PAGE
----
Congress’ relief bill would vastly expand unemployment aid
New York – With record-high numbers of Americans seeking unemployment benefits after losing their jobs because of the coronavirus, Congress is set to significantly enhance the program.
The $2.2 trillion rescue package nearing final approval will, for four months, add $600 a week to standard unemployment benefits, which vary by state. It also provides funding for states to let people collect their payments immediately, eliminating a one-week waiting period. And it adds 13 weeks of coverage for people who have exhausted their existing jobless benefits.
Perhaps most significantly for a large swath of America’s workforce, the legislation for the first time makes gig workers, independent contractors, the self-employed, people with limited work history and part-time workers eligible for unemployment benefits.
The expansion of the unemployment benefit system will bolster one of the nation’s major safety-net programs and provide support to the economy. More generous jobless benefits will enable people who are laid off to pay rent, mortgages, utility bills and other key expenses. That money, in turn, provides indispensable cash flow to banks, utility companies and other firms.
Federal Reserve Chair Jerome Powell said Thursday that the goal behind the efforts the Fed has been making, as well as of the huge congressional aid package, is to tide the economy over until the virus outbreak is contained. The economy “may” be in recession now, Powell suggested, but a rebound should arrive by year’s end.
“One of the main things we’re trying to do by assuring the flow of credit in the economy … is to assure that that rebound, when it does come, is as vigorous as possible,” Powell said on NBC’s “Today” show.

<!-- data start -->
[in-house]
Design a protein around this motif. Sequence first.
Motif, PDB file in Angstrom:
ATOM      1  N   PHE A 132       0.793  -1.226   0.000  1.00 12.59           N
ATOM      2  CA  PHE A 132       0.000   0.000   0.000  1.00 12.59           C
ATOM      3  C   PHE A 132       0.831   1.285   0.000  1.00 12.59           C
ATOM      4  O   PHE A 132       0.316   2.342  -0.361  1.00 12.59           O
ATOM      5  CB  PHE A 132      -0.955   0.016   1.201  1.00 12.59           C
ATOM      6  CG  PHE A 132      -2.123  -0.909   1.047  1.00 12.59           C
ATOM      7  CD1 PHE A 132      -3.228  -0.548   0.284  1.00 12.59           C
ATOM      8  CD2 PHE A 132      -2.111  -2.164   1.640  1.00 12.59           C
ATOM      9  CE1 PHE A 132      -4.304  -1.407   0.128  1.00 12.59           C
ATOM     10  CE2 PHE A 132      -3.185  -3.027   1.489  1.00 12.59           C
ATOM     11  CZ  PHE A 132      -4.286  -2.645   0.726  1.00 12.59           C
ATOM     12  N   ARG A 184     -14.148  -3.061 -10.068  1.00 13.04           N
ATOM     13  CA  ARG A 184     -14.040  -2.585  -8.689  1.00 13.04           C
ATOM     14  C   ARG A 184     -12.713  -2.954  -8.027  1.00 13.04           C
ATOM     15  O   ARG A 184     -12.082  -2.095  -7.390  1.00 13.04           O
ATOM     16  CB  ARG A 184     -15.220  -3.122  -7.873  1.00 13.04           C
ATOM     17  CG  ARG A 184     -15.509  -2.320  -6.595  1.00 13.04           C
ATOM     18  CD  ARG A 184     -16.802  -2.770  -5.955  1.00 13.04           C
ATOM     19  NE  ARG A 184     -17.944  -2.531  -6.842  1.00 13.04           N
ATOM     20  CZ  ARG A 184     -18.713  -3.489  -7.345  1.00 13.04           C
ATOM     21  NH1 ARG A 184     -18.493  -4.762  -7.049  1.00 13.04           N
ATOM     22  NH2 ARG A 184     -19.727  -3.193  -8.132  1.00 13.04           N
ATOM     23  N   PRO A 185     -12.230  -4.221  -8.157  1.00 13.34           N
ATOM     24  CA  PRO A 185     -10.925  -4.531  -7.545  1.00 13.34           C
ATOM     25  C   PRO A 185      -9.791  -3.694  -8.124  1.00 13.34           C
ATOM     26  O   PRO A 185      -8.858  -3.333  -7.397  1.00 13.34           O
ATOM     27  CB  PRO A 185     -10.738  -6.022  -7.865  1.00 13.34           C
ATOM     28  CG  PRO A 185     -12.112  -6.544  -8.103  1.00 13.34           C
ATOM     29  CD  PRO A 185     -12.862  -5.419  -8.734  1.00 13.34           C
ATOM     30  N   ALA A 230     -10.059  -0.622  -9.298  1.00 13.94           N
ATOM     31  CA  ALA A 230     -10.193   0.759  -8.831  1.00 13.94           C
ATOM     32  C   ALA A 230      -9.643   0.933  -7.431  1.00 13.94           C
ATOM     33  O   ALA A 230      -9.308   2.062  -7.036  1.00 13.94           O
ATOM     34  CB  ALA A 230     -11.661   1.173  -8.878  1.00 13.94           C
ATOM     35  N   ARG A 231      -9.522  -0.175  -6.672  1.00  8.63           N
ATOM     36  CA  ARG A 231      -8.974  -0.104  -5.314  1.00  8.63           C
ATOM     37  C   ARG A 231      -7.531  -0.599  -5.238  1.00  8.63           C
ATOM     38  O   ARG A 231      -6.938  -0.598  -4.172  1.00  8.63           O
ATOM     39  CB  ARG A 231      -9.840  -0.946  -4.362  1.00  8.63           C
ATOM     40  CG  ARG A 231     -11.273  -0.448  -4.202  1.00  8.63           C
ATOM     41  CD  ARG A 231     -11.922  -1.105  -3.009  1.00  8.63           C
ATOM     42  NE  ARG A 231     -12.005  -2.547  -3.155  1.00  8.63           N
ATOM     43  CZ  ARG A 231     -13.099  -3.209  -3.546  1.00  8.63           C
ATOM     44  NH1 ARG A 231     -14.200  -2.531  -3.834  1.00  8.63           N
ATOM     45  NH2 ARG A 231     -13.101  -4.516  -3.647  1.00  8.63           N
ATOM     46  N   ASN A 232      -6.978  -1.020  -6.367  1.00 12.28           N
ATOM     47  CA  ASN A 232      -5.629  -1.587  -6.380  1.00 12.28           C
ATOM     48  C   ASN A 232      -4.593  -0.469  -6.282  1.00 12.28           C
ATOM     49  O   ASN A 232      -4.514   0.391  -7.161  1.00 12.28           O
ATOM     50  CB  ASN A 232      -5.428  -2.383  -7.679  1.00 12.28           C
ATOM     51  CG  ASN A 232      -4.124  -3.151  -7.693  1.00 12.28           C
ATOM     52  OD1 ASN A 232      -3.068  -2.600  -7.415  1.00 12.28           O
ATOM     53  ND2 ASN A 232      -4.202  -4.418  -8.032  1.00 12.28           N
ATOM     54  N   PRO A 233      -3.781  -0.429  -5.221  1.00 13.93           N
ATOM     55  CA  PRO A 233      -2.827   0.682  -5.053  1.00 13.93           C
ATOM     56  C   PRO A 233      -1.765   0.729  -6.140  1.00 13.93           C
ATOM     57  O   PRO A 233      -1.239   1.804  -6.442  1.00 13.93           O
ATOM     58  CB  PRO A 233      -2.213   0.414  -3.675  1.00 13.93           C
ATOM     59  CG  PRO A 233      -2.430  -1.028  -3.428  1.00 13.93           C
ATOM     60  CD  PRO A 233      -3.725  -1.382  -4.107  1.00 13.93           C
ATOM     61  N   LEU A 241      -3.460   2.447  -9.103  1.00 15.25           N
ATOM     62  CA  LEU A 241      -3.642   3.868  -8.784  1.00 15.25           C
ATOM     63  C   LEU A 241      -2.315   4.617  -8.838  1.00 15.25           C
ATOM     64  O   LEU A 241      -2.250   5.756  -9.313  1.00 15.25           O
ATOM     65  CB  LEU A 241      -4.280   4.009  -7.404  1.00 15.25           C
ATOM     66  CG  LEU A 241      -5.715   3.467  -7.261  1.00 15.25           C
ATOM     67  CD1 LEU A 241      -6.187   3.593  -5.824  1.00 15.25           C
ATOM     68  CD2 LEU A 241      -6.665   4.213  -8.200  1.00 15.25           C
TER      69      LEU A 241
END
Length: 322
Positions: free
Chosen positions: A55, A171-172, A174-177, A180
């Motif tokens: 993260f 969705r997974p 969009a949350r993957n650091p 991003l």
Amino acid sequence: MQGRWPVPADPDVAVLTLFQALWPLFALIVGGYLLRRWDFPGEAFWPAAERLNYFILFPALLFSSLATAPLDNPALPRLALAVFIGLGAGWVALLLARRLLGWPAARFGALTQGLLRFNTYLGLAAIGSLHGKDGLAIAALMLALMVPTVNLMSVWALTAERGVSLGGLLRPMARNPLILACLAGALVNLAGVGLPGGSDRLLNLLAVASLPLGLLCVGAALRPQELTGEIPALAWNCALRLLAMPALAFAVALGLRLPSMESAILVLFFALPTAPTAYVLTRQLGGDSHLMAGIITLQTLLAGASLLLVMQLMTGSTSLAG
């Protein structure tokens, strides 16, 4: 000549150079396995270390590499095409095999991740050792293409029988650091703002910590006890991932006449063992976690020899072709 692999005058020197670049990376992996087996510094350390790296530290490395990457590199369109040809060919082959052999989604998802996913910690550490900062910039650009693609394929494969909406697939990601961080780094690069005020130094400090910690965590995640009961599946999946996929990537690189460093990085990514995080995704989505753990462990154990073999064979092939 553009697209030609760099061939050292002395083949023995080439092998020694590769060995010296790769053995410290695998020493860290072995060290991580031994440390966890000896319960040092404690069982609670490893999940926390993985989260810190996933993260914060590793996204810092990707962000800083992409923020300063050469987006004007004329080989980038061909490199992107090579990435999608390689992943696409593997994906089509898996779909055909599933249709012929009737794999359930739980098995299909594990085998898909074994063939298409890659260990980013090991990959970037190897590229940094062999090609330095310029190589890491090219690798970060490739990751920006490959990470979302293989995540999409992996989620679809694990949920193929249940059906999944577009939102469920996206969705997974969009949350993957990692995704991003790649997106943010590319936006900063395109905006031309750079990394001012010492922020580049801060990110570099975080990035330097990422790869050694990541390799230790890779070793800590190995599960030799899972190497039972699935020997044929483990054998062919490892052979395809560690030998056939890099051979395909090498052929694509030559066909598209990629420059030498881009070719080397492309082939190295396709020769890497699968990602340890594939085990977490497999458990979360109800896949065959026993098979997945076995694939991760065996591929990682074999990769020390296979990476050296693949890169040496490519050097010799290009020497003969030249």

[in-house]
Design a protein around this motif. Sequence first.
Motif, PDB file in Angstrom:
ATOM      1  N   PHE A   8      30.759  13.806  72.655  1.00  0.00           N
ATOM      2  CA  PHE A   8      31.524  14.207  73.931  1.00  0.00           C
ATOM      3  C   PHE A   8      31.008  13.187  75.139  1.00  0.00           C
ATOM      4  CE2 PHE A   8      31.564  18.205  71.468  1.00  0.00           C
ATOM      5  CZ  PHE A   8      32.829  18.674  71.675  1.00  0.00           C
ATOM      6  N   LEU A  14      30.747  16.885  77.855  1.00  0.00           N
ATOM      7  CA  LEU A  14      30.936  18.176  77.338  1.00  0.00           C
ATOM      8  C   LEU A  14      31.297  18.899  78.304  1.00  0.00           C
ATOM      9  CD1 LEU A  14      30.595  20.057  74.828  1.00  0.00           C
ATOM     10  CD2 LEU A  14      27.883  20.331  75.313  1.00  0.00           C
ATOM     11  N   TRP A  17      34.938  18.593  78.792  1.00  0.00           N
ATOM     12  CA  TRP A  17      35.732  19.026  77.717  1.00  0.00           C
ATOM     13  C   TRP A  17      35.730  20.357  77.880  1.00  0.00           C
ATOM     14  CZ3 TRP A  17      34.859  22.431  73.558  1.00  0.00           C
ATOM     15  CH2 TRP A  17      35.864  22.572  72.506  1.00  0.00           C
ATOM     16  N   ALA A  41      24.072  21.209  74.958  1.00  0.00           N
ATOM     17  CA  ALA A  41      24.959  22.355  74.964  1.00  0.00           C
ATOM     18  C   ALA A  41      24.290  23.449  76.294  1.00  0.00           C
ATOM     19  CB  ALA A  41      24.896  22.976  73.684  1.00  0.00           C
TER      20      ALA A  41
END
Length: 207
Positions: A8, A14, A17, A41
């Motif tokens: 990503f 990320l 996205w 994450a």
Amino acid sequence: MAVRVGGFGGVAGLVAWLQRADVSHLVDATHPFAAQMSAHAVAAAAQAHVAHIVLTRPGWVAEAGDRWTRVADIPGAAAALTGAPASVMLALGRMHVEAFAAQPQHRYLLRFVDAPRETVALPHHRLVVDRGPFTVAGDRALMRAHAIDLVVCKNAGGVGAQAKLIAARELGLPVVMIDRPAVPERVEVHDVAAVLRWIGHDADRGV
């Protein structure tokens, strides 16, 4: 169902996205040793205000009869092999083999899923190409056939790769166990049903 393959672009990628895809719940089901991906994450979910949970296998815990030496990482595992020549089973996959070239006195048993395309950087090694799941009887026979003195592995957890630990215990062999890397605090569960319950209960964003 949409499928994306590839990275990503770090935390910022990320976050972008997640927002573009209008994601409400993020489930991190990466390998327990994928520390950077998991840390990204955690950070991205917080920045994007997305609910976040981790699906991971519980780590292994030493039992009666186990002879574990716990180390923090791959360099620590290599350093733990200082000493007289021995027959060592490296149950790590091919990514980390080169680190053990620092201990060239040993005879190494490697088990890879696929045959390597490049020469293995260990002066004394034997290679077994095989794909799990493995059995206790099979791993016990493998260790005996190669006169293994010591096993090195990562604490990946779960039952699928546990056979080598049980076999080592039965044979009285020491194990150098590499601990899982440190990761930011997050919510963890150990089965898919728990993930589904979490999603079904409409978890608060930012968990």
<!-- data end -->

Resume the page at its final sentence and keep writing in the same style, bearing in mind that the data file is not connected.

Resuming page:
Nearly 3.3 million Americans applied for unemployment benefits last week, according to the government figures released Thursday – almost five times the previous record set in 1982.
Among the people being hit hardest by layoffs as businesses have shut down across the country are employees of restaurants, hotels, airlines and retailers. Business activity at such companies has plummeted or vanished altogether as much of America stays home to help contain the spread of the virus. Incomes of taxi and ride-hailing drivers have cratered as passengers have all but disappeared.
Brian Alectine, who drives for Lyft and Via in New York City, stopped picking up passengers a week ago out of fear that he would contract the virus. He is holding out hope that he will be able to receive unemployment benefits. But even so, he worries that he may need financial aid before payments kick in.
Alectine must still pay $350 a week to rent his car, along with rent on the apartment he shares with his wife, their 4-year-old daughter and his mother-in-law.
“I know April 1 my landlord is going to text me and ask me if the money is ready, so I’m very worried about those things,” he said.
Besides the expansion of unemployment benefits, the legislation provides aid for vulnerable workers in other ways, too. For many households, there will be a one-time direct payment of $1,200 per adult, plus $500 per child. There are also incentives for employers to keep workers on the payroll, including tax breaks. Small businesses that receive loans under the package won’t have to repay money they use to pay employees.